23 March 2007

Hardware specifications

One of the perennial signs of not-in-Kansas-anymore (literally!) is the little widgets you deal with on a daily basis. I've already discussed the marvels of the bathroom some time ago, although I failed to mention the mini- or maxiflush option the toilets here offer, something that delighted my younger brother when he visited.

There's also all manner of house and office hardware that make for subtle shifts in all those little habits in life. The outlets here, for example, are large, round and deep set, with the grounding on the side instead of the little sad-faced third hole like American plugs. They're often slightly diagonally set on power strips, which is kind of clever if you have all those massive cell-phone-charger plugs that never line up well, but means I'm often fumbling madly trying to line everything up just so.

Switches too are all kinds of different. First of all, the love of dimmers has hit hard here, and many of the switches are a push-on-then-twist-for-romantic-dimness. Those that aren't are opposite style to me, where pressing down means on and up means off. Figure that one out in the dark when you're tired and forgot where you live, whydontcha?

And then we have doors and windows, two bastions of interesting hardware. I'm from doorknob-land and I have landed directly in a handle territory, which has created all kinds of hilarity when I'm walking around my house with a wide-sleeved bathrobe. I keep getting stuck on the handles, especially, for some reason, in the kitchen. In the most complex permutations, there are some doors that have a lock that can only be operated if you rotate the handle upwards and then turn the lock. This still is a confounder for me. The windows are also new, since I grew up with windows that slide up and down, sometimes with rope-suspended weights you could hear rattling in the frames to keep the lower part up in the summer. The closest I got to hardwared windows was in college when the leaded glass panes of my senior dorm room opened outwards like a proper Romeo-wherefore-art-thou-Romeo window should. Then I get here and it's a majestic trio of locks and a latch that also holds the window ajar or fully open even in a 60mph breeze (like last night's non-stop wailing wind). Cool stuff once you figure out how to work it.

Of course these days I am not thinking about this stuff so much anymore, but every now and then I'll be absent-mindedly washing the dishes or something, and I'll look over to the right at the outlet on the kitchen counter and think "oh yeah, I'm living in Iceland. Weird stuff, this is". And then I go back to swabbing the soup pot in the sulphurous hot water.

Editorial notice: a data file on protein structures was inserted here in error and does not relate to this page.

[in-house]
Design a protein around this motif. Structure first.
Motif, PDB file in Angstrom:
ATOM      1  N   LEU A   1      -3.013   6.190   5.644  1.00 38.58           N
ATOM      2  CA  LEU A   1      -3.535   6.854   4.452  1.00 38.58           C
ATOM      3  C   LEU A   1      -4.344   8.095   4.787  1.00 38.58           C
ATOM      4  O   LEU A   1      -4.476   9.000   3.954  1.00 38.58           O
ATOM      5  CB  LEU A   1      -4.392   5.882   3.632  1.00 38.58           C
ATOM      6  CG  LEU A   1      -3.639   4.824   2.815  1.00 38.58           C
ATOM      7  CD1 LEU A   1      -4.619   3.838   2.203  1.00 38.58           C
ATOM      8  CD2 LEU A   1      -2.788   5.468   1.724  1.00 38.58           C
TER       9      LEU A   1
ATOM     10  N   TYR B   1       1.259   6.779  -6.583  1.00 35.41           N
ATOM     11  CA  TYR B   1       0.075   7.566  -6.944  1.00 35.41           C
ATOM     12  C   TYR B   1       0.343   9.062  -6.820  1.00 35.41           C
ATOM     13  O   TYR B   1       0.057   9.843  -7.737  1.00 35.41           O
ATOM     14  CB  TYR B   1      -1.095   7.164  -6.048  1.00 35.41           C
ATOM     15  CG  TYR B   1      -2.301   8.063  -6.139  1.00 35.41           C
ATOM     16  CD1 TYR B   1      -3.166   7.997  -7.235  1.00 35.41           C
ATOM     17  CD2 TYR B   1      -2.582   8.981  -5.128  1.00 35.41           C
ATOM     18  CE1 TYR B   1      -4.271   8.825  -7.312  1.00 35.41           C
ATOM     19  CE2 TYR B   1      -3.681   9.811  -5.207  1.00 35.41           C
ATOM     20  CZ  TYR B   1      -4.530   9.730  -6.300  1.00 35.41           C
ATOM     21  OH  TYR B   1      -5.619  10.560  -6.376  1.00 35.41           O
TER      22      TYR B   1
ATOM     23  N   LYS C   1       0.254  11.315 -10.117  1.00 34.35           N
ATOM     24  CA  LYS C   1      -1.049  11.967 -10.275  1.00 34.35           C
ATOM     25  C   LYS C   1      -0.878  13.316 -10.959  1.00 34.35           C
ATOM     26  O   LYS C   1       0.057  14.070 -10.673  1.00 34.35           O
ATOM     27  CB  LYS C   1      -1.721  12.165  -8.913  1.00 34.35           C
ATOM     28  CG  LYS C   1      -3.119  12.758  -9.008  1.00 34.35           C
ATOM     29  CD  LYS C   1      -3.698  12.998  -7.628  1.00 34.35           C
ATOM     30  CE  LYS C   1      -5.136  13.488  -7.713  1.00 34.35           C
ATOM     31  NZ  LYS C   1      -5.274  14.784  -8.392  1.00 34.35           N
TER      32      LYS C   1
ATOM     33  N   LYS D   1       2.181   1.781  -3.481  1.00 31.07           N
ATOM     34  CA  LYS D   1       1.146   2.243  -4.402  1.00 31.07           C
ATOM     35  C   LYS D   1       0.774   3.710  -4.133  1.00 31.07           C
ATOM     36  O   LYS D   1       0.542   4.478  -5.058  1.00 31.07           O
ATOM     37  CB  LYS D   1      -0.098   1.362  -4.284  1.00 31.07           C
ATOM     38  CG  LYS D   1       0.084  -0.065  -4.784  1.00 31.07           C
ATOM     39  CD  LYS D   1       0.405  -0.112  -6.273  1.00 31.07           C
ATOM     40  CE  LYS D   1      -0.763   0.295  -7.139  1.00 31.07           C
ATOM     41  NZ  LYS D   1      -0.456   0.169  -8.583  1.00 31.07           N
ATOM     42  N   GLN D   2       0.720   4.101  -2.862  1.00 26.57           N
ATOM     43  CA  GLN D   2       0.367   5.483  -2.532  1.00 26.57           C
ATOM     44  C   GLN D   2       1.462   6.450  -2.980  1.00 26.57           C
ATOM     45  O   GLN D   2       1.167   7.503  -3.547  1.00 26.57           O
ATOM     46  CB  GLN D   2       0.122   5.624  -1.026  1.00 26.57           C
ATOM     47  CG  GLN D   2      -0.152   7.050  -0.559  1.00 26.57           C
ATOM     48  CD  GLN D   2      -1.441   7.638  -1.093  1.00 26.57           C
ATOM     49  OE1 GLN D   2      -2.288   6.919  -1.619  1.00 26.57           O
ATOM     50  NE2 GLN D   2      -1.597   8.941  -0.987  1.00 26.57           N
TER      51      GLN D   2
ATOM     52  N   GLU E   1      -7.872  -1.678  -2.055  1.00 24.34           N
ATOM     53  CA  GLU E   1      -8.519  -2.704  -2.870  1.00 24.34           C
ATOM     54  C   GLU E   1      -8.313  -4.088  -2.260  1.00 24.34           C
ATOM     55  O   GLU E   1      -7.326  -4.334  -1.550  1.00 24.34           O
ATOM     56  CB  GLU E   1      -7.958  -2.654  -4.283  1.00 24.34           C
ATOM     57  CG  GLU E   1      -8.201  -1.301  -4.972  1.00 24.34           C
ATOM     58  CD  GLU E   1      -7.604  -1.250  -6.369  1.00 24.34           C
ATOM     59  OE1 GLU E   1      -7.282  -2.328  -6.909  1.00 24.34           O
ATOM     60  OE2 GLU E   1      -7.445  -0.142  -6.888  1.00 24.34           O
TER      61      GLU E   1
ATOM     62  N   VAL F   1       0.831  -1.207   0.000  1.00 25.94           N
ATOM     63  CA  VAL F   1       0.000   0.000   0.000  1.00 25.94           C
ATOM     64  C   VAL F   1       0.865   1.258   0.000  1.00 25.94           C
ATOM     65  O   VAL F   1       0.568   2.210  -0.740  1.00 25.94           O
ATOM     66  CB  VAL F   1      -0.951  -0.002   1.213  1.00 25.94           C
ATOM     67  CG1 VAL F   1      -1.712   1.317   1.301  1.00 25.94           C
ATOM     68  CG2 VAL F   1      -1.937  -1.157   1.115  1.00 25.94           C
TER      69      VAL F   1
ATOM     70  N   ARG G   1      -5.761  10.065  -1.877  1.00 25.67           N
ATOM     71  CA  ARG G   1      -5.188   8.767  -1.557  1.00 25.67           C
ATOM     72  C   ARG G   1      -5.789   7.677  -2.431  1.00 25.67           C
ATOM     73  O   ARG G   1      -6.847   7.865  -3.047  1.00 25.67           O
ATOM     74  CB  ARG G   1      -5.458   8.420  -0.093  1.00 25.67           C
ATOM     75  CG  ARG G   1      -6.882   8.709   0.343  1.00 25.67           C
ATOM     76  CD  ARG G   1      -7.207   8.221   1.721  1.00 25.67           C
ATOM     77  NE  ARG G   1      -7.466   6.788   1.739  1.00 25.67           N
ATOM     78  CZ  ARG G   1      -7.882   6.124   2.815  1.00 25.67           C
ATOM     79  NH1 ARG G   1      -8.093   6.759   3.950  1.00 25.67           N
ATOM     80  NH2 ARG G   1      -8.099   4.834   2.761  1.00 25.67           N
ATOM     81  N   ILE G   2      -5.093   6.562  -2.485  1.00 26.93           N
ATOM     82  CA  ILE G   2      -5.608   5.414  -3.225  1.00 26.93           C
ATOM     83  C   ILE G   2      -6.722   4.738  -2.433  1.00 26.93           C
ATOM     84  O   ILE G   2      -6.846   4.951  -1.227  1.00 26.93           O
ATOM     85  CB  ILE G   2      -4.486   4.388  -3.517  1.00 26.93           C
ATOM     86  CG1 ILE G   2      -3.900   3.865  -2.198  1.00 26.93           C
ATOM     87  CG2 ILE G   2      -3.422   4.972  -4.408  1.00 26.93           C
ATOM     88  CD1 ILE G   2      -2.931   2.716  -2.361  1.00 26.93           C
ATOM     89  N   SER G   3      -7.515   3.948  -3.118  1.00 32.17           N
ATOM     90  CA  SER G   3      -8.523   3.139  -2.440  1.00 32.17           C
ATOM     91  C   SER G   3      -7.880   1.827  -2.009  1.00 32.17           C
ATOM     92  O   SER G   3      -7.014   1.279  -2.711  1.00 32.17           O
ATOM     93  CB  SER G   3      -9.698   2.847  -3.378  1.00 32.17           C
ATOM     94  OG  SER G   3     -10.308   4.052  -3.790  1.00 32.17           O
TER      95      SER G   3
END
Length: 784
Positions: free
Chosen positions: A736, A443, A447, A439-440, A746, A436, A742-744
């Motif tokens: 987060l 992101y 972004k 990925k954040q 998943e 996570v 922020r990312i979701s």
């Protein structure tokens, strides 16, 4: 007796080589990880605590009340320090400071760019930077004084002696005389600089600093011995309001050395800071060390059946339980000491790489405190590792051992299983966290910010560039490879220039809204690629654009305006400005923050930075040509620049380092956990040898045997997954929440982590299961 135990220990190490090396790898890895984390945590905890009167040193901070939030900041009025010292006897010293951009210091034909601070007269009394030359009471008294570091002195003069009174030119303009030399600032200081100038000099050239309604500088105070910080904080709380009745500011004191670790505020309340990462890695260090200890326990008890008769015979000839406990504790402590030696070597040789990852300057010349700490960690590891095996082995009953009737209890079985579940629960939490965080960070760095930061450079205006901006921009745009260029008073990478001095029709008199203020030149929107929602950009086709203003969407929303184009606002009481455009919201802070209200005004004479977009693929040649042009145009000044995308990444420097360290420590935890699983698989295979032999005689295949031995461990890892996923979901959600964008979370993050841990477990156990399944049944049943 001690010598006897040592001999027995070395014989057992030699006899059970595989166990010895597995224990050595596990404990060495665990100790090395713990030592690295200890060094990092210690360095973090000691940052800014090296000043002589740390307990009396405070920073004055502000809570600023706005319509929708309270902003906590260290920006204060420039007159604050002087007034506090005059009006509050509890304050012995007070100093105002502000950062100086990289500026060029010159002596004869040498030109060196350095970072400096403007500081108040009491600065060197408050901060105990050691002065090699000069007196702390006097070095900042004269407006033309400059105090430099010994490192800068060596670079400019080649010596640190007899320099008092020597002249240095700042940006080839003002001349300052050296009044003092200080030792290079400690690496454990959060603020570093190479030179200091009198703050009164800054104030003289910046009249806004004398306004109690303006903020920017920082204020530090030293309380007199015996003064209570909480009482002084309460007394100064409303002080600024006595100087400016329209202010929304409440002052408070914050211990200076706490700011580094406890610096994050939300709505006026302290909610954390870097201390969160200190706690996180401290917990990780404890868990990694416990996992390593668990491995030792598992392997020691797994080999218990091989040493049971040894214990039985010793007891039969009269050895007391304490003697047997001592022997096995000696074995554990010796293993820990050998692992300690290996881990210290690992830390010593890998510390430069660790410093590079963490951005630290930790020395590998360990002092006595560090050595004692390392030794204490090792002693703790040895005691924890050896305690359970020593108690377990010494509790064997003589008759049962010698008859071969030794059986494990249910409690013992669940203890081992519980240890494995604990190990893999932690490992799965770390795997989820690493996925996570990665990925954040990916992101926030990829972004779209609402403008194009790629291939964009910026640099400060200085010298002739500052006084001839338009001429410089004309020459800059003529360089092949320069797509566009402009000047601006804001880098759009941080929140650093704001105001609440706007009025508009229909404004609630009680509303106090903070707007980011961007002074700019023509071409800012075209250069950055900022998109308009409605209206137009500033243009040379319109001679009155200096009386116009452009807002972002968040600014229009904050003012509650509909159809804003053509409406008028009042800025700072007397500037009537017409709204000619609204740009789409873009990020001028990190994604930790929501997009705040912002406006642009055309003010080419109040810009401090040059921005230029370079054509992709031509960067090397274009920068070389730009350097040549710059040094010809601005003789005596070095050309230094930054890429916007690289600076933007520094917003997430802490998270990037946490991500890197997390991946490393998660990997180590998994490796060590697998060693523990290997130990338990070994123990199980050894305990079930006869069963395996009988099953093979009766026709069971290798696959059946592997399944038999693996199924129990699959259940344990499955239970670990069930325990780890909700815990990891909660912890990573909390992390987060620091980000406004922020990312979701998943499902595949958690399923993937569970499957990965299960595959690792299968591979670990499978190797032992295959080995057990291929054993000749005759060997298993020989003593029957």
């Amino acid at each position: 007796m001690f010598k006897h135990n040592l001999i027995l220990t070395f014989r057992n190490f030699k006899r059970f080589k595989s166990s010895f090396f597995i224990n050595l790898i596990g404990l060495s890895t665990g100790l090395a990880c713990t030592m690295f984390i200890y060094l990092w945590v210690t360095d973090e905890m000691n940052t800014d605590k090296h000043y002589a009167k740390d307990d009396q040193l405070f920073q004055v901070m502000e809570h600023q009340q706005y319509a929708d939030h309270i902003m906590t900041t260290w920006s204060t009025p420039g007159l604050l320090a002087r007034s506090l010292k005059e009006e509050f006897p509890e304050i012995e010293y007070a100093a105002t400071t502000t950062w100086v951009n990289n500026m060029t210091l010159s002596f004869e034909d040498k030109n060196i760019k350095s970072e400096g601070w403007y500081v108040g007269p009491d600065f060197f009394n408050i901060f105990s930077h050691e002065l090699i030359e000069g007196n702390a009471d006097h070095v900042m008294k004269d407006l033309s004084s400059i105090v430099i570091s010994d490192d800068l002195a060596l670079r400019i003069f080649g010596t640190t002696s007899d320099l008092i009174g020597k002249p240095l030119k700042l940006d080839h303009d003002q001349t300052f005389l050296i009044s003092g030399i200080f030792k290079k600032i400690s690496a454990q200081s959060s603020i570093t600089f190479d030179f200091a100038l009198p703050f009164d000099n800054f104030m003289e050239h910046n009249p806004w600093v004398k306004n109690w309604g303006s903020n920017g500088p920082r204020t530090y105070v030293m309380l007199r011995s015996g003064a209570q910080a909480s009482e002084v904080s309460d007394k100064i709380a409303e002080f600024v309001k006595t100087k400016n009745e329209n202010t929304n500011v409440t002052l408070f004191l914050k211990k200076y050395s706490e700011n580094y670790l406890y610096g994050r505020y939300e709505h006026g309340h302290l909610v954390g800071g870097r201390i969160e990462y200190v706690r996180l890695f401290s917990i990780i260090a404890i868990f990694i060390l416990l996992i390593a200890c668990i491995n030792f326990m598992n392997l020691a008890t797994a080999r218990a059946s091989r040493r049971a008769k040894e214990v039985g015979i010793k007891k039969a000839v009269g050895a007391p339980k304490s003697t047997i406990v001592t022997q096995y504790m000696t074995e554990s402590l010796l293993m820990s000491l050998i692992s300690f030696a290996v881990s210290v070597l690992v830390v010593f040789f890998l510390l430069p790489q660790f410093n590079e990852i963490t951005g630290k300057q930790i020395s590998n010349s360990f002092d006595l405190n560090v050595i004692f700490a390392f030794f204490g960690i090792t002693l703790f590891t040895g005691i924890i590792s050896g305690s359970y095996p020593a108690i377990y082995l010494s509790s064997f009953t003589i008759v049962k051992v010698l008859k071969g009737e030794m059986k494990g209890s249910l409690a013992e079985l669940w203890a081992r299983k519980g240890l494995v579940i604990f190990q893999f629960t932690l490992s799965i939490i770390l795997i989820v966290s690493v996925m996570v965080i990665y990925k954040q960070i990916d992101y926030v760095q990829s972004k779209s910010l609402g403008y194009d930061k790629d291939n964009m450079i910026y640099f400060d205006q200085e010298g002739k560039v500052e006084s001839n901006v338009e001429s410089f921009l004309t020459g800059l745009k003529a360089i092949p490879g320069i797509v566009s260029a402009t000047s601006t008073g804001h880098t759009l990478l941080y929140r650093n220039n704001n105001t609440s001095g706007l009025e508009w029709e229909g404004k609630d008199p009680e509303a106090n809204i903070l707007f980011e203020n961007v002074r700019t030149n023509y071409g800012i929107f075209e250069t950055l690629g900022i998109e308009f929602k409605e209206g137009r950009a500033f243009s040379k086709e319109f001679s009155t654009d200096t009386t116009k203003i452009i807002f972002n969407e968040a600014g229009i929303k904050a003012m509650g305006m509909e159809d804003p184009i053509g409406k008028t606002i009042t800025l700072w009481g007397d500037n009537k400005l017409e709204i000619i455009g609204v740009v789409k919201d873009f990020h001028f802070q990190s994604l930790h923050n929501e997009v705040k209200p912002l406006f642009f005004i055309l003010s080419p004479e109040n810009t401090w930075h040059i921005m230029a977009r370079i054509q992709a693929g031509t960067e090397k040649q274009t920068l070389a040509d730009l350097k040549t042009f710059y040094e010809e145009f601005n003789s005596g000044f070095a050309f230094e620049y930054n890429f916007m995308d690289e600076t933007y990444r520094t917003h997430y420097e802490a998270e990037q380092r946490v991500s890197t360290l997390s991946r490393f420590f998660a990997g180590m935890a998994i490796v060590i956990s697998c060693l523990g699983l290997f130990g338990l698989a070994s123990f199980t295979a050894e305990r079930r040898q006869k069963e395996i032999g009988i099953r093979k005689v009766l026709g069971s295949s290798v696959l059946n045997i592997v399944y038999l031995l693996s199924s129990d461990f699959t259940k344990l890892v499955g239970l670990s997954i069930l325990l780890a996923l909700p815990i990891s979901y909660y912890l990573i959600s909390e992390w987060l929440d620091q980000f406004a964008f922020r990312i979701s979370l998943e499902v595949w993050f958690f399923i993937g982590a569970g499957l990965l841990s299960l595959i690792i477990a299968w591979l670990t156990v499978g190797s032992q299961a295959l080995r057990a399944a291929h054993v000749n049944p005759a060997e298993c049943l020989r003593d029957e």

Hulles said...

When I checked into my hotel in Reykjavik on (sadly) my only trip there I think it took me about two hours to find the light switch. I knew the room had to have one but I couldn't find it for the life of me.

Fun post.

Visionary & Medium Extraordinaire said...

have you noticed that doors in Iceland open inwards, where as in America they open outwards. This took me ages to learn and remember. Public bathrooms in America to me are a little primitive because even though there are stalls, you can see your neighbours feet. You can even hear if they're peeing or pooping. Back home if I remember correctly there aren't many of those kind of public bathrooms. Usually you'll get much more privacy.
I don't want to hear other people do #2, when I'm doing #1

Professor Batty said...

... I found the existence of elevated thresholds at the door of my rooms- hotel, guesthouse, or apartment- intriguing, I've heard they are common throughout Scandinavia- something to do with mopping perhaps?

ECS said...

hulles: I've heard similar tales of "where-is-the-flush-button-on-the-toilets" in some of the places where it's a big silver square on the wall. You're not alone.

SB: I think the reason they're like that is for safety purposes, so if the door gets stuck you can get out. It's not so you have to share your personal time with other people :)

Batty: this is something that others visiting have complained about but to be honest I never noticed it. Perhaps old New England houses are also thresholdy in a similar fashion? I've not had toe-stubbing problems.

And another story I remembered I wanted to add to the list of hardware oddities is that the foreigners are not the only ones who are confused by the local technology. In the building where I work, there is a sticker above the elevator buttons that instruct which one to press if you want to go up, and which to press if you want to go down. The buttons are big arrows pointing up or down, and yet still require instructions. Mysterious.